This is the e-mail response I received from my Senator regarding net neutrality.
See below for contact information should you feel the need to contact him as well.
Unlike academic language, you should pay attention to the calculating use of adjectives.
Thank you for contacting me regarding Internet regulation and commerce. I appreciate having the benefit of your comments on this matter.
Over the past two decades, Americans have increasingly relied on the Internet in their personal and professional lives, and new technologies play a central role in the Internet’s growing importance. Many of these technologies have been developed in Texas. As Texans and Americans, we all benefit from advancements that encourage economic growth and make day-to-day life easier.
I believe in an open and free internet and that we need policies to meet the evolving challenges of technological advancement. However, government regulations move slower than technology, and we must ensure the laws we pass do not stifle innovation. A top-down regulatory approach can unnecessarily constrain an industry’s ability to create and deliver new products and services to consumers. In the Senate, I have supported legislation that facilitates innovation and opposed policies that threaten it.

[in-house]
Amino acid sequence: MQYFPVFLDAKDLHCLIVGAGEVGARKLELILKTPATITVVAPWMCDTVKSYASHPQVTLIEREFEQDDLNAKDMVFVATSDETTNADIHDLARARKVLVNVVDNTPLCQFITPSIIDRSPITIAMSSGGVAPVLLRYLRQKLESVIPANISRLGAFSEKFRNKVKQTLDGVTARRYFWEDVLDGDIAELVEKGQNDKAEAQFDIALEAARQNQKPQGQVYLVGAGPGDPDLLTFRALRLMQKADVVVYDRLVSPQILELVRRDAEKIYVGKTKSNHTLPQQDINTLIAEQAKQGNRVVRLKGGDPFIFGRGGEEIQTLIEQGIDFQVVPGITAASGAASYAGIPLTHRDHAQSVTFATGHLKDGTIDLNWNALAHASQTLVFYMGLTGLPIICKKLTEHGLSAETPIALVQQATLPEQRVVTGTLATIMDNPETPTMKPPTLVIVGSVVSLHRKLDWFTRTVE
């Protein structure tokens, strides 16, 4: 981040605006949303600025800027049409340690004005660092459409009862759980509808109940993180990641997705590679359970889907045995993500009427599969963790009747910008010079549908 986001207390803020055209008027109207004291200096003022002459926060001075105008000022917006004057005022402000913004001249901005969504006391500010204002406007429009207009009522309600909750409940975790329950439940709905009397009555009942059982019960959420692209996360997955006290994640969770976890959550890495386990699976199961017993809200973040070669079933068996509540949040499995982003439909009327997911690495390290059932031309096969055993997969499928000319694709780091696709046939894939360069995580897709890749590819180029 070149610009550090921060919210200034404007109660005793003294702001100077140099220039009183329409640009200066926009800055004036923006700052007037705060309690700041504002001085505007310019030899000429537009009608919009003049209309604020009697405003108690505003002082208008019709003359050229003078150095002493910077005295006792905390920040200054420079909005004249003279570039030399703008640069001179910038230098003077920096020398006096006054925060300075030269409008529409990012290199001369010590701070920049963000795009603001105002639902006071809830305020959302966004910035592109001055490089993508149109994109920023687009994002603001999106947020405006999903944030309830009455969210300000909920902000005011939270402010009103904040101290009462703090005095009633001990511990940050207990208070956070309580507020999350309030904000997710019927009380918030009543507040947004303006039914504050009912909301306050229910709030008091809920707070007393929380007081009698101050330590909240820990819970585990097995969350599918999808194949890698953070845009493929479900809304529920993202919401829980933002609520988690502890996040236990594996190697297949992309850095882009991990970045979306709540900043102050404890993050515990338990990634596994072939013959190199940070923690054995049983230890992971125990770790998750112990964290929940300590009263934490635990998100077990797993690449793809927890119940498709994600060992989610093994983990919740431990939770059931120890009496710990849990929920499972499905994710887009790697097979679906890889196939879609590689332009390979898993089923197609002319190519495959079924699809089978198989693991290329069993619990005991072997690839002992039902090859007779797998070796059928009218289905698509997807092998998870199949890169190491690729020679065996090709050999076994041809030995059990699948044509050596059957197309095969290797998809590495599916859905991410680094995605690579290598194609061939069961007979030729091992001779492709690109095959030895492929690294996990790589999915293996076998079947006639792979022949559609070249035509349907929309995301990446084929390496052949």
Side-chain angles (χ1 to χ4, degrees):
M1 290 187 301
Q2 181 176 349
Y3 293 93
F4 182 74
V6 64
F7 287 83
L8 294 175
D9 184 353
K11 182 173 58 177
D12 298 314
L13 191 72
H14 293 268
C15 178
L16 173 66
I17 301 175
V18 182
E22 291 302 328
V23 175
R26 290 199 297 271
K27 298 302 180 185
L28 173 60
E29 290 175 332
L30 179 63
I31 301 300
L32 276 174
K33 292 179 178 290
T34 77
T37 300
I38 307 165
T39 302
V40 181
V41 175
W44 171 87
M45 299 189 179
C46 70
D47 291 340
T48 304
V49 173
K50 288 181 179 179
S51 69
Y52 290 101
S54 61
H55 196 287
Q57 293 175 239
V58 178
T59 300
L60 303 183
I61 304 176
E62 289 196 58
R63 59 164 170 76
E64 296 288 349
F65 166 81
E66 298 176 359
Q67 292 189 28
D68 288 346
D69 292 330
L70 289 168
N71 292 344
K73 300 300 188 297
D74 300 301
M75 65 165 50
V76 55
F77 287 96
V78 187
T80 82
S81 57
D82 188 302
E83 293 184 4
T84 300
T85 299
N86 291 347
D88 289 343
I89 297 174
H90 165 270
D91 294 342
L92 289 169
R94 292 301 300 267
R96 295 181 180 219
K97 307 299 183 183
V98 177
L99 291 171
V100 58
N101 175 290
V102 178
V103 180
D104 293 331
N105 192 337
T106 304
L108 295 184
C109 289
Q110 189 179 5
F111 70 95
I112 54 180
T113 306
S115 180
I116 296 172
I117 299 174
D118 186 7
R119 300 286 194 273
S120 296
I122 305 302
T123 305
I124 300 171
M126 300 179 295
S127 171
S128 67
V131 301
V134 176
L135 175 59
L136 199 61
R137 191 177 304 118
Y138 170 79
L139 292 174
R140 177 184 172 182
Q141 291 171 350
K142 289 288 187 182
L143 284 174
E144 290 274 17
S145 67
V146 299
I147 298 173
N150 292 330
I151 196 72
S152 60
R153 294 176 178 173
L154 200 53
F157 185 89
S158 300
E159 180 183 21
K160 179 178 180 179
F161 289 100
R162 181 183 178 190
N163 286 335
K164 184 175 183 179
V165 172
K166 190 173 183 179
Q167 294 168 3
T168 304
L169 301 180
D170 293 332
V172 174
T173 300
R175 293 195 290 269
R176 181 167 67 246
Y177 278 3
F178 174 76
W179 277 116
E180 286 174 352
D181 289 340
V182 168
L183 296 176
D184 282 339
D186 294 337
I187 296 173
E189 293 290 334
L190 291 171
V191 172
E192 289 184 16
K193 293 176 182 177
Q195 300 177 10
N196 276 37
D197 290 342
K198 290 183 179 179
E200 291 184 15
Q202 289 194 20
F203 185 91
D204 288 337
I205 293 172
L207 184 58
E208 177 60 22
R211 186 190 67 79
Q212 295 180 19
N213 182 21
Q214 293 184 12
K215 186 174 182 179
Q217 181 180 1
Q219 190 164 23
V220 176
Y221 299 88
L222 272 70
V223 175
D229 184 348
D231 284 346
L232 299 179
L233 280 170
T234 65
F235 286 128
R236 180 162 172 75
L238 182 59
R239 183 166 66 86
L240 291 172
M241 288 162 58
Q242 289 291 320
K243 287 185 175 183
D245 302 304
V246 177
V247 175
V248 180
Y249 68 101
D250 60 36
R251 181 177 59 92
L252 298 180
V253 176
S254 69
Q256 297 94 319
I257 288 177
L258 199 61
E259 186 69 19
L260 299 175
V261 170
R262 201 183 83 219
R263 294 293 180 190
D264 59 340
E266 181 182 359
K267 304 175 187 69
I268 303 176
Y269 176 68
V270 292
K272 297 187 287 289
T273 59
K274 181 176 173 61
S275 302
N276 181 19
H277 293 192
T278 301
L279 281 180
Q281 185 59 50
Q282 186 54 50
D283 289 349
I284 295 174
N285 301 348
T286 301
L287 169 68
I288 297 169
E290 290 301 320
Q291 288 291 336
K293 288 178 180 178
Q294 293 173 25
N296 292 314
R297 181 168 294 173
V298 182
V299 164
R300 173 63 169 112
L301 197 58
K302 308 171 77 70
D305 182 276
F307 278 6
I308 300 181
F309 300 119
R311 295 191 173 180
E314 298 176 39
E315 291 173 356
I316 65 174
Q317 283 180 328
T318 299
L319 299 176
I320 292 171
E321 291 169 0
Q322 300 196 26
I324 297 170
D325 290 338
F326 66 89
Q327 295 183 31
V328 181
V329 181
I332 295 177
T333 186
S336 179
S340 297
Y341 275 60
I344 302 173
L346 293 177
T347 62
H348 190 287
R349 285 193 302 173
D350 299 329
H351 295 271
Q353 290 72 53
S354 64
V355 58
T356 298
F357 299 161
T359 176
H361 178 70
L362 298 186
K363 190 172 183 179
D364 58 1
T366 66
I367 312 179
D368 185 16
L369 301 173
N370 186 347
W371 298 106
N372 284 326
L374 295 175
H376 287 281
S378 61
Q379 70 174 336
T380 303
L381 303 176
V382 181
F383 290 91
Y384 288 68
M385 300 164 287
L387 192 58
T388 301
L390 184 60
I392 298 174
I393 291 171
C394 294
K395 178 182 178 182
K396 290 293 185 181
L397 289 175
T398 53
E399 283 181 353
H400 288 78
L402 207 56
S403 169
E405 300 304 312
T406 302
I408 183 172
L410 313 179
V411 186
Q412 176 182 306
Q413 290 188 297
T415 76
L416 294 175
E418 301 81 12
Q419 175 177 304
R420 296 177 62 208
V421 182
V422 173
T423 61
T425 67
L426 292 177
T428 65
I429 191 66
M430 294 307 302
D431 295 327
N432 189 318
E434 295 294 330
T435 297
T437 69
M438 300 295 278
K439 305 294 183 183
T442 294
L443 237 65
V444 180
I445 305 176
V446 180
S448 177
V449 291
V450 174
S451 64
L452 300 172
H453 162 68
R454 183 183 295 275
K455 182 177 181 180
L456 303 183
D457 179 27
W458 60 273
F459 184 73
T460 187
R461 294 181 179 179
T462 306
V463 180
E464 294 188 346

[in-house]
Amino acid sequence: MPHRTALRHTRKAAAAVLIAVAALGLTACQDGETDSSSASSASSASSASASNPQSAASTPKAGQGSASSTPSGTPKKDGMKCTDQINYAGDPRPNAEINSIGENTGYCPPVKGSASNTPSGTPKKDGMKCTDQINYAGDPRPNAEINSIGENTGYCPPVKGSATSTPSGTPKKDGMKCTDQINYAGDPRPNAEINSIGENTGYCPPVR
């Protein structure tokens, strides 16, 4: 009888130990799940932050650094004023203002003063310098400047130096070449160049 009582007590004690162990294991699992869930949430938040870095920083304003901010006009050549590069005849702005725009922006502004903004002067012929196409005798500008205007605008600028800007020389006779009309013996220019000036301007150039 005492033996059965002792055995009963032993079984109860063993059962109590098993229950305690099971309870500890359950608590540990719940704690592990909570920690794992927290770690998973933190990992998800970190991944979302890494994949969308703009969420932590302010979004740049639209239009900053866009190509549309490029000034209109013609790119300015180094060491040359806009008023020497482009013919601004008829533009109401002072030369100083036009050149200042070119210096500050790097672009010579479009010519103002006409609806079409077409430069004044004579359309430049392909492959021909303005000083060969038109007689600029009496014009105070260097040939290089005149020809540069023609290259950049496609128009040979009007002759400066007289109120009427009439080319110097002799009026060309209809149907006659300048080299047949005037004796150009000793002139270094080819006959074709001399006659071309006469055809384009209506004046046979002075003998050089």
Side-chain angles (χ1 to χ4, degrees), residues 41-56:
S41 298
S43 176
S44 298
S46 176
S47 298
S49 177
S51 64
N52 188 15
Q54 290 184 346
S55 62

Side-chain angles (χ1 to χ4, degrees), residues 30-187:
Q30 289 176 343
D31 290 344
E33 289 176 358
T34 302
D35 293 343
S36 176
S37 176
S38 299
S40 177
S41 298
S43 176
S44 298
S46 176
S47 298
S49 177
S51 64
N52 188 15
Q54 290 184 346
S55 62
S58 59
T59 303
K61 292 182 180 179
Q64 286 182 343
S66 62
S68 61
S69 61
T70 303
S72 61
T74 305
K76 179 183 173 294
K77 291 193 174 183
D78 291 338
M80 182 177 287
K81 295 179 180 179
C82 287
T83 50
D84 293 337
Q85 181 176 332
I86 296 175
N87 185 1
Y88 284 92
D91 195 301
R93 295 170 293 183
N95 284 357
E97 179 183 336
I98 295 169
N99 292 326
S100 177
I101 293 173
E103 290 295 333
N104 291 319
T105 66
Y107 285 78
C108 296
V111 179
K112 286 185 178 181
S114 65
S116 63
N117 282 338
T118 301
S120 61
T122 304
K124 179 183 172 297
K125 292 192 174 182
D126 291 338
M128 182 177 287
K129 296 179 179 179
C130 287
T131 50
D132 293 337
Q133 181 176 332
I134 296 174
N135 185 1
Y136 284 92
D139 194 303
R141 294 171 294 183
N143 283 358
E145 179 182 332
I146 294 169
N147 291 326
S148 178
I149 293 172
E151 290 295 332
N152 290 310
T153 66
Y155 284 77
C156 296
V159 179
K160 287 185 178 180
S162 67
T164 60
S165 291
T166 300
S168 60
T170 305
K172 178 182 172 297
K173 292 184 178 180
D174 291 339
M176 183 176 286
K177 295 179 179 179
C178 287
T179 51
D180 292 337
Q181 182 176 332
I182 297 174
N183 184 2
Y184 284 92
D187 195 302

As you may know, on December 14, 2017, the FCC voted 3-2 to restore internet freedom, reversing the 1930s-era utility-style regulation ("Title II") contained in the 2015 Open Internet Order, commonly referred to as “the net neutrality rule.” This action reinstates the light-touch regulatory structure established under the Clinton Administration that protects consumers, closes the digital divide, and brings next generation networks and services to all Americans. A return to the pre-2015 regulatory framework restores the Federal Trade Commission’s (FTC) jurisdiction to protect consumers and companies should Internet Service Providers engage in anticompetitive, unfair, or deceptive acts, which is the FTC’sprincipal mission and purpose.